“But even now I know that God will give you whatever you ask of him. Jesus responds by saying her brother will rise again. Her faith has been rewarded.
Jesus makes a declaration to Martha that has rung through the ages and stands at the epicenter of Christian belief. He says: “I am the resurrection and the life. Those who believe in me though they die, will live, and everyone who lives and believes in me will never die.” To this proclamation, Martha replies with these words: “Yes Lord I believe that you are the Messiah, the Son of God, the one coming into the world.” It is a confession of faith rivaling that of St. Peter.
Any time you stand in a cemetery, pondering the grave of someone you loved, recall again the story of Lazarus. Are we not like Martha who wishes that Jesus had come quickly to heal our grief and restore our loved one to life? That’s a natural human reaction to a tragedy. We want God to do what we want. We want him to take all the bumps out of the road of life.
But we need to remember that something very different happened in that cemetery outside of Bethany. Martha expected Jesus to do as she asked him to do. But Jesus had a far greater purpose in mind and Martha’s recognizes this fact, when she says, “But even now I know that God will give you whatever you ask. God will act on her behalf through Jesus Christ.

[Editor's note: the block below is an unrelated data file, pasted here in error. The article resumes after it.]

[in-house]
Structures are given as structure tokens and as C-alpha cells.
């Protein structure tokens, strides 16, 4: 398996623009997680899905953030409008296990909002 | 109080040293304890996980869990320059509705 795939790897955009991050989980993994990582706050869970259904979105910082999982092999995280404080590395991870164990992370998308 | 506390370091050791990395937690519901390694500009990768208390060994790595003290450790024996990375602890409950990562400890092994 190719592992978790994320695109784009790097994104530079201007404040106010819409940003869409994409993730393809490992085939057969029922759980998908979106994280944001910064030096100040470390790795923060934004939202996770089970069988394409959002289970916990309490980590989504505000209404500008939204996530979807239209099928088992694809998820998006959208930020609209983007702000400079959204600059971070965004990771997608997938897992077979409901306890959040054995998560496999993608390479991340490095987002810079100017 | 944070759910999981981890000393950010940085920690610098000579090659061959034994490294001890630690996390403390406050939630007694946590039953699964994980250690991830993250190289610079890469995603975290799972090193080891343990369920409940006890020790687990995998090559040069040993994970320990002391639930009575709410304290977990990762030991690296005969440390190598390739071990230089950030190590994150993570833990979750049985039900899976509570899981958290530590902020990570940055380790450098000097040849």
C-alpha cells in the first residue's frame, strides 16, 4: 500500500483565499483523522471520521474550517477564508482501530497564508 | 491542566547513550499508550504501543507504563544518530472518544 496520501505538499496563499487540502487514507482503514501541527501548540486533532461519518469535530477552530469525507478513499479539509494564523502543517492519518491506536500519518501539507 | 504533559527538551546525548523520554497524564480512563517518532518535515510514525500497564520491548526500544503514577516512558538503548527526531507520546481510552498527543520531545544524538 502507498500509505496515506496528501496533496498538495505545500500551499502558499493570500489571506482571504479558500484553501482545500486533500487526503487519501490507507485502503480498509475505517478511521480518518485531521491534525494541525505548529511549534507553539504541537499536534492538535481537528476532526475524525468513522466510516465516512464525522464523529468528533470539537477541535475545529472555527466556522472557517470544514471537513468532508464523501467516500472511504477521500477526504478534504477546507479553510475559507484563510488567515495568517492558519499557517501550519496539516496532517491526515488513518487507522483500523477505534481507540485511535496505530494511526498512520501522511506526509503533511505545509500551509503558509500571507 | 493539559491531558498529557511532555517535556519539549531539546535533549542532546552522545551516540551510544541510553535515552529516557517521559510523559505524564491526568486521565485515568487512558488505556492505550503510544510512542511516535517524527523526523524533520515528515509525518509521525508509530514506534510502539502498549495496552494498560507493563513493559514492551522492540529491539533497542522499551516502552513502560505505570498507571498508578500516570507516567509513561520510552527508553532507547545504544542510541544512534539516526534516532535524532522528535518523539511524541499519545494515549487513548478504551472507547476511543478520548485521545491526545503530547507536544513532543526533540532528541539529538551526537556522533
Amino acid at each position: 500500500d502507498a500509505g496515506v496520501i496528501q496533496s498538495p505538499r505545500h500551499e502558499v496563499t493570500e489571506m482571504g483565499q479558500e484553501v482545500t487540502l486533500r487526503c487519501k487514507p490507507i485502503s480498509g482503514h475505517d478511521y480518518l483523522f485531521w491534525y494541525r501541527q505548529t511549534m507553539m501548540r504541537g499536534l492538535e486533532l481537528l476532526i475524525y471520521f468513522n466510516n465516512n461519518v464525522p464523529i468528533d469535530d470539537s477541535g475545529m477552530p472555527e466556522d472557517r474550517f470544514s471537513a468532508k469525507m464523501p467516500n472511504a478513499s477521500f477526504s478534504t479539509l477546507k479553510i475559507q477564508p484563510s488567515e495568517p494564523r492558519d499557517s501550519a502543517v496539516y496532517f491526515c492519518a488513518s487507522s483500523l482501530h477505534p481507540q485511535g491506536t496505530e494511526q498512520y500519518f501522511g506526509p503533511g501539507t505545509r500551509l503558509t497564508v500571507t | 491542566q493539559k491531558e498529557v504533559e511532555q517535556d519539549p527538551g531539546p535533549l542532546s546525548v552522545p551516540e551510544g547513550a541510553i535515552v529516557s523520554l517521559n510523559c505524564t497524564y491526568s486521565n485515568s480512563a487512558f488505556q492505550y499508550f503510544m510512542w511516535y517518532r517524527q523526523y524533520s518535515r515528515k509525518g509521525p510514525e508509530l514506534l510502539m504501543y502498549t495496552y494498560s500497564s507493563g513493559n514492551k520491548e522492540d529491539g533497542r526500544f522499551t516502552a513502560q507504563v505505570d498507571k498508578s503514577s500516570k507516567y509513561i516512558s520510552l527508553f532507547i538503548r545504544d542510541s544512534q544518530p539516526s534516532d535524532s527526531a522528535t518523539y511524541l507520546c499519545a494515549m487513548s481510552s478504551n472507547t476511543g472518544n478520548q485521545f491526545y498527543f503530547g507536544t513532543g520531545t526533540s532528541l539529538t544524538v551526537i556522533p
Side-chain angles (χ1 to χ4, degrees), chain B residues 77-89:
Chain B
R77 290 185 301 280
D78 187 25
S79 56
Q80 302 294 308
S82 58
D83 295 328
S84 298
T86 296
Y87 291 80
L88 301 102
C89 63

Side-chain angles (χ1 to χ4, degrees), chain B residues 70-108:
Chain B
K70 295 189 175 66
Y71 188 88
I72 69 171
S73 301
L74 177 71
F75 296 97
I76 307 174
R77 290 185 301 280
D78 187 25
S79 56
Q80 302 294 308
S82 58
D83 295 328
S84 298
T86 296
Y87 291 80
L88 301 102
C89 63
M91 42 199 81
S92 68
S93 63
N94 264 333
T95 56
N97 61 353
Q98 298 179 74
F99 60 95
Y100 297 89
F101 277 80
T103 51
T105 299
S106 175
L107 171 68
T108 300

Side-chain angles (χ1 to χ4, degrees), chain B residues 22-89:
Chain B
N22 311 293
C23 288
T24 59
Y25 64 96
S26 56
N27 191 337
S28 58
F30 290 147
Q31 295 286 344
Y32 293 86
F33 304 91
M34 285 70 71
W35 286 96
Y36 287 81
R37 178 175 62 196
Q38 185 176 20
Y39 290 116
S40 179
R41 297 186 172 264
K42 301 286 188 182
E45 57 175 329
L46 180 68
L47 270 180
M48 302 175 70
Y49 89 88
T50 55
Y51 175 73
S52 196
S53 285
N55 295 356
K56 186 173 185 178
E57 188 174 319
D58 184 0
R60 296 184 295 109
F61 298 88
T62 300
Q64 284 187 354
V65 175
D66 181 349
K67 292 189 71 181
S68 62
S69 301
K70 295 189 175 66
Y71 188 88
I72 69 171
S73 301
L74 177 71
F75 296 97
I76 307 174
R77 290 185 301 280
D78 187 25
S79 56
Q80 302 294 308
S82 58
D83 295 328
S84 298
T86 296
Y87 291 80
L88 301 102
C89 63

Then the totally unexpected thing takes place. Jesus raises Lazarus from the grave. Who would have expected that to occur. Even more importantly Jesus tells her this is no trick. He says he is the resurrection and the life and all who believe in him shall never die. Lazarus anticipates the gift of the resurrection on Easter Sunday. We learn, therefore, what it means to be a saint in Martha. A saint is the follower of Jesus who trusts in the power of God made visible in Jesus Christ. You and I will encounter life’s tragedies, but may we be a saint like Martha who believes Jesus to be the Son of God sent to save us from our sins and bring us the resurrection. Amen
May the peace of God which passes all understanding keep your hearts and minds in Christ Jesus.